When daylight savings ends and our days become shorter, motorists will find themselves driving more often at dusk and in the dark.
As we turn our clocks back, it’s important to keep in mind that night driving is more dangerous than daytime driving – mostly due to reduced visibility and difficulty judging speed and distance. In fact, according to the National Safety Council, while we do only one-quarter of our driving at night, it’s when 50 percent of traffic fatalities occur.
Here are five ways you can stay safer on the roads at night.
1. Be Headlight Savvy
Proper headlight usage and maintenance will go a long way toward safe night driving. Remember the general rule of turning headlines on before sunset, and keeping them on for an hour after sunrise, which will help other drivers see you. Also:
- Aim headlights correctly (ask your dealer or mechanic/repair shop to double-check them next time you’re in).
- Make sure they’re clean.
- Regularly test your high beams, low beams, running lights, turn signals, and brake lights.
- On rural roads or other dark areas, use high beams. Dim them when you’re within 500 feet of an oncoming vehicle.
2. Slow Down and Give Room
Due to reduced visibility, drivers at night often need more time to both see other cars, pedestrians, and obstacles, and also to react safely. Give yourself the advantage by slowing down a bit and also giving yourself some extra room on the road.
- Increase your following distance from other vehicles.
- Allow more time for your journey.
- Be a(n extra) defensive driver, as others may be intoxicated or driving erratically.
- Watch out for pedestrians and wildlife. For the latter – collisions with deer are most common at dusk or at night, usually October through January (see our 30-second video on what to do if you hit a deer).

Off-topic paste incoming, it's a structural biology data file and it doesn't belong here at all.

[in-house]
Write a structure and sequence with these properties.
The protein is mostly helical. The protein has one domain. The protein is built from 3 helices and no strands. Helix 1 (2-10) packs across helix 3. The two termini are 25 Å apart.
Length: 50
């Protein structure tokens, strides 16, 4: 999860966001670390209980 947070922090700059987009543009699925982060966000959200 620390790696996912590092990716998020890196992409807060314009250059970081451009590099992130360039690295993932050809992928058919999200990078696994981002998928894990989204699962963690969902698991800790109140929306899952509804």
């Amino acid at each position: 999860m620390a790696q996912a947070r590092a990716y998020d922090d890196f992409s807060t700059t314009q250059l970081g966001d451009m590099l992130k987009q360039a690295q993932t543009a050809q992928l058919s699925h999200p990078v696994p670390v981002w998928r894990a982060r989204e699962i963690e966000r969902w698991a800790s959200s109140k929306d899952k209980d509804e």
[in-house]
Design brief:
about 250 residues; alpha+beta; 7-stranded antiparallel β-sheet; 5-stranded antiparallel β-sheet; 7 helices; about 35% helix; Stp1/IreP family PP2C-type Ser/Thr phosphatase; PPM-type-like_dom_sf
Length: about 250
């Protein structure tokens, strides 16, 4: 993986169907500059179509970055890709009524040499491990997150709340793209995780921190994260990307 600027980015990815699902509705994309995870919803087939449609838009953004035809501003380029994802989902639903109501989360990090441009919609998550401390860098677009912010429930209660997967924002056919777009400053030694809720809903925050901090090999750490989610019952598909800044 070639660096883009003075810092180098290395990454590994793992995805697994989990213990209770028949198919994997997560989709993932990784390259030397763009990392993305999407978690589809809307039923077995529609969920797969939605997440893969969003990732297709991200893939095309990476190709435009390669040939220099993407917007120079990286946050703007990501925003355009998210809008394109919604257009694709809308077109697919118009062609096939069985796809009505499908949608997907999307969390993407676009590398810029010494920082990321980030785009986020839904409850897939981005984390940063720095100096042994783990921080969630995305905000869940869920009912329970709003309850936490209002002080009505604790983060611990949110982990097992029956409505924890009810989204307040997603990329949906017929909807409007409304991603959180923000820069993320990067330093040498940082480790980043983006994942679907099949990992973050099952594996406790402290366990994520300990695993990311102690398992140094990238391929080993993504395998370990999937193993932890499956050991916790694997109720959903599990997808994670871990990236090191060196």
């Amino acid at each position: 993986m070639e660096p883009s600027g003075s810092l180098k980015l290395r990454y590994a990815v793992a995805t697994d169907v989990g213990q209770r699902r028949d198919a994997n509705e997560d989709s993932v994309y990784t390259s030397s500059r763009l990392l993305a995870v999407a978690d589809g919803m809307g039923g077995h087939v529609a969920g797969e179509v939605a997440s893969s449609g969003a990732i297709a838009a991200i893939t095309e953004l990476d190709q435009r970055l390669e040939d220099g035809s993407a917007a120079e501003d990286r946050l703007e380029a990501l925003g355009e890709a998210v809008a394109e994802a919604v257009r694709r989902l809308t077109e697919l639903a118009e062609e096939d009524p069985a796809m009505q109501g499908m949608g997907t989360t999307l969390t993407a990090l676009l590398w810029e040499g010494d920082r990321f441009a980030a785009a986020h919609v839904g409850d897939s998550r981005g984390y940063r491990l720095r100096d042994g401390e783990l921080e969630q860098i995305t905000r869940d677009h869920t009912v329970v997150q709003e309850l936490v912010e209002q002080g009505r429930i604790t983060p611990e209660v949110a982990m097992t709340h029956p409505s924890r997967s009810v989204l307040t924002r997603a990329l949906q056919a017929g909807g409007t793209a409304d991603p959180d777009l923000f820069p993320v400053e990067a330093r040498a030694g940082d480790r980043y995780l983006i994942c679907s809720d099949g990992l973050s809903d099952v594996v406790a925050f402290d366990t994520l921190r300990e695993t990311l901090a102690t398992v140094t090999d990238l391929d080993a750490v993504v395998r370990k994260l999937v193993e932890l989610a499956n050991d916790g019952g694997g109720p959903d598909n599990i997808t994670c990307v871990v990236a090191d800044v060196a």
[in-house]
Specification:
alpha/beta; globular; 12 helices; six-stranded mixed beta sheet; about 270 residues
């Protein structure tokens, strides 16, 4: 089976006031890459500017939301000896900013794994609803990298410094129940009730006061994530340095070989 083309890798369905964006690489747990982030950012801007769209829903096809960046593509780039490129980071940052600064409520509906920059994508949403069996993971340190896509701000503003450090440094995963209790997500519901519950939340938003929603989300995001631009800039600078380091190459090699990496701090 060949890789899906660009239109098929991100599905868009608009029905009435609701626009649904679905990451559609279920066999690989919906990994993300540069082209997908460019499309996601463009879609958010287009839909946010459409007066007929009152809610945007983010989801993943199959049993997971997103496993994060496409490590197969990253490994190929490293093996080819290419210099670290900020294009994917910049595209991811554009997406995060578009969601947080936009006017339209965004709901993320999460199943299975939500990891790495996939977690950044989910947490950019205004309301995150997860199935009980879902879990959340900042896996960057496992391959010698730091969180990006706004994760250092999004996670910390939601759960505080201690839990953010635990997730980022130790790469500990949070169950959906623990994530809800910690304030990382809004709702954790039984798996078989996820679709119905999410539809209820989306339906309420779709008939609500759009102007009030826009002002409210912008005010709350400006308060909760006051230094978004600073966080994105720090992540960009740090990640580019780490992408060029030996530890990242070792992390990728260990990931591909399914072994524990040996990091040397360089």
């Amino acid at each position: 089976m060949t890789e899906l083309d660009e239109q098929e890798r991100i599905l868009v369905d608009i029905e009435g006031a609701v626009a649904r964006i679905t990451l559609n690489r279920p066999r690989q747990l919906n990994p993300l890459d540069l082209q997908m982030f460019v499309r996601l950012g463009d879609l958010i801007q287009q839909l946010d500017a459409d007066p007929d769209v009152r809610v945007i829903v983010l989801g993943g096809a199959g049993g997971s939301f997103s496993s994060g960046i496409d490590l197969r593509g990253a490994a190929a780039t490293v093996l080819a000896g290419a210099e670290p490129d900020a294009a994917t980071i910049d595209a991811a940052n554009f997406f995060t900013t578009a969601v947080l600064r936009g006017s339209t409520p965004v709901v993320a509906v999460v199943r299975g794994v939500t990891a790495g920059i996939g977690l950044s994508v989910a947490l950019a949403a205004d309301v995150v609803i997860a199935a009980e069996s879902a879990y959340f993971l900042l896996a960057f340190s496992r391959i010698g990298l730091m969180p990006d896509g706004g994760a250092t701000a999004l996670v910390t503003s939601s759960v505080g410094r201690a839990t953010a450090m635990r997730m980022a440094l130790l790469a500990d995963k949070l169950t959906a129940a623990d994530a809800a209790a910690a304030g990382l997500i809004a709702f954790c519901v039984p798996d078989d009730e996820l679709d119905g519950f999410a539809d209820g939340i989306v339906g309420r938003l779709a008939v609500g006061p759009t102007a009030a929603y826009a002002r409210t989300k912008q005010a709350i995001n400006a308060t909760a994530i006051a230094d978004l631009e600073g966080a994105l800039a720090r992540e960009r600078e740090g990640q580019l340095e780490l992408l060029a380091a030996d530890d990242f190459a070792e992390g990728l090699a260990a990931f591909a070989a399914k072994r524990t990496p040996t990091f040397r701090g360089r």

3. Give Your Car’s Interior a Once-Over
A little extra attention inside your vehicle can greatly affect how you see and react to things outside your car.
- Clean the windshield – inside and out – removing all streaks, smudges, and fogginess.
- Clean the other windows as well to reduce glare and condensation.
- Use your car’s defroster or heater to prevent your windshield from fogging up.
- Dim your dashboard lights so controls are still visible but not distracting.
- Use visors to shield the glare of outdoor street lighting.
- Avoid using cabin lights as much as possible when driving at night.
4. Stay Alert
Two big risks on nighttime roads are drunk driving and drowsy driving. Always remember and stay alert for other drivers who may be impaired due to alcohol, fatigue, or distraction. For yourself, never drive intoxicated and use the tips below to keep yourself alert.
- Take breaks if you need to – get out and do jumping jacks, shake out your limbs, stretch, take some deep breaths.
- If you’re on a long trip, try these things to stay awake: coffee or caffeinated drinks, windows rolled down for fresh air, talking, or singing to yourself.
5. Be Kind to Your Eyes
You can take steps, both in the moment while night driving, and in the longer term to take care of your eyes so they can take care of you on the road.
- Make sure you get your eyes checked regularly, which will alert you to any vision changes. If you wear prescription lenses, you may need a different prescription at night.
- Make sure your glasses are anti-reflective.
- Never wear dark or tinted lenses for night driving.
- To protect your eyes from drying out, aim your car’s vents away from your eyes.
- Keep your eyes moist by blinking regularly, especially if you wear contact lenses.
- Don’t look directly at oncoming headlights; instead, look at the road marker to your right until the car passes.
Finally, avoid two-lane highways at night if possible, as they’re especially dangerous. This and the other tips above will help you stay stress-free and safer during nighttime driving.
This article is furnished by California Casualty. We specialize in providing auto and home insurance to educators, law enforcement officers, firefighters, and nurses. Get a quote at 1.866.704.8614 or www.calcas.com.